Joyland

Montreal |

My Last Summer in Washington

by Sarah Steinberg

edited by David McGimpsey

At first, I said moving to DC was like stepping inside a candy wrapper. That seemed right at the time but, then - not. A candy wrapper isn't necessarily humid or sticky inside. DC's summer was the wrapper with the chocolate melted in your pocket, all over your keys and your loose change. When I found out Washington had actually been built on a swamp, I imagined dark woods with simmering ponds, toads on toilet paper lily pads.

My boyfriend was understanding about how the DC heat affected me. He was from California, I was from Montreal.  He rarely rolled his eyes when he came home to find me listless in front of the TV, having eaten nothing, done nothing, said nothing out loud except the few times I told Judge Judy to go to hell. Jayce would just roll up his sleeves and get down to work, which was his style.  He picked up T-shirts from the floor, brought half-empty mugs to the sink. I followed him from room to room, complaining about how much I hated being cooped up all day and about the then-mysterious pain in my hands.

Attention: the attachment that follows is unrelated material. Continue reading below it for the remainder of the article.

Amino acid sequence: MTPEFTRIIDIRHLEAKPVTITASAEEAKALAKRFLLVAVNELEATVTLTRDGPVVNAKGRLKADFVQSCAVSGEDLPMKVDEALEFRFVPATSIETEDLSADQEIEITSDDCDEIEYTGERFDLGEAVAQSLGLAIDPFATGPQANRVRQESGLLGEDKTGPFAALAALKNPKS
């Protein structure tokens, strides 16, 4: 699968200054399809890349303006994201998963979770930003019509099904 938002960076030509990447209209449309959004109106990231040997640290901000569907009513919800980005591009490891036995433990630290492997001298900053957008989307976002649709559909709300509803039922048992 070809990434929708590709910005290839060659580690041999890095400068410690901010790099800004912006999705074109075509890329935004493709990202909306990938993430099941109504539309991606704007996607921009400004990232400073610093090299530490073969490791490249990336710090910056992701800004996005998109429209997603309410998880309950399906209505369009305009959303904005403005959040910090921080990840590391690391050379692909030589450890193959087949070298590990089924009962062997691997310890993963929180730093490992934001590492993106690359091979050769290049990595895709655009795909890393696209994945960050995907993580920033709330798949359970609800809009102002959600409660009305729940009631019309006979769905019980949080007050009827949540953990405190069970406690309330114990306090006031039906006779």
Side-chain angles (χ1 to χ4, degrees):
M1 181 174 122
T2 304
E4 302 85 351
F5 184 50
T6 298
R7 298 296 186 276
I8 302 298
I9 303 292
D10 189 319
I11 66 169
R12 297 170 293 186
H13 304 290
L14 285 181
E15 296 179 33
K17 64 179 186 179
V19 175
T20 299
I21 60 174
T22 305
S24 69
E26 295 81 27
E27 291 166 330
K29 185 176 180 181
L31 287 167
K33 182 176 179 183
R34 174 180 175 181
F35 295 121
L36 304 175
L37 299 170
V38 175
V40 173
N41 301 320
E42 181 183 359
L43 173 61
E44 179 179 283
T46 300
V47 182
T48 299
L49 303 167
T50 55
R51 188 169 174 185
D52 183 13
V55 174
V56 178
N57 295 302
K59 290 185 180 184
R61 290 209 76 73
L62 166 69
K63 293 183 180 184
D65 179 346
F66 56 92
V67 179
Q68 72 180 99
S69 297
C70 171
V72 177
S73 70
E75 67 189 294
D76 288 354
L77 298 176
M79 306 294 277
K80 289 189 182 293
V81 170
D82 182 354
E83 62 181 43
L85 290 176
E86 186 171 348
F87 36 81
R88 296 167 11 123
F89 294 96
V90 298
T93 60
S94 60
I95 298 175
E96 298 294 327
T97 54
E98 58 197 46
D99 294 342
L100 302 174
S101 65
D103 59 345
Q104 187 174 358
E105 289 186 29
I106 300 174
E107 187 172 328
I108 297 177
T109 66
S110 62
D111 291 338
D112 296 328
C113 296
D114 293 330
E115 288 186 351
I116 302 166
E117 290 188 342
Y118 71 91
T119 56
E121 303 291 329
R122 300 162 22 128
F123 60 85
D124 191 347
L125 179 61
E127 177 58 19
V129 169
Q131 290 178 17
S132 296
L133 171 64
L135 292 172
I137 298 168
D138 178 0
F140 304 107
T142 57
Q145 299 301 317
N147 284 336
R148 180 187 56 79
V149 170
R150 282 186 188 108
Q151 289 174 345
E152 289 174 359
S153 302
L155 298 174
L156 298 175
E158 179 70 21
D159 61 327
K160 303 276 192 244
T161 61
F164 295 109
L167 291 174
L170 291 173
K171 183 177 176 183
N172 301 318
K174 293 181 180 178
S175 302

"My hands hurt, Jayce. They really really hurt!" If I said it enough Jayce would massage the joints in my fingers. When it was really bad I iced them or took Advil or drank whiskey or, of course, both.

"Sorry babe," Jayce would usually say, which is what he said when he found me laying in my underwear on the futon icing my hands with a bag of frozen peas. He'd come in from school and stood at the door, his messenger bag slung over his shoulder, beads of sweat pearling on his brow. I watched as one bead gained momentum, skiing down the slope of his nose like Peekaboo Street. It grossed me out.

"You’re so sweaty," I said.

I'd spent the day with the channel mostly tuned to TLC, watching marathons of What Not to Wear and Ten Years Younger, thinking stabby thoughts.  Why wasn't someone surprising me at my door? Why wasn't someone appearing out of the blue to fix my wardrobe and teeth, and send me to a therapist who would teach me how to love myself from the inside out?

The only break in the day came when our downstairs neighbour Wheeler knocked on the door.

"What happened to your arm?!" I asked.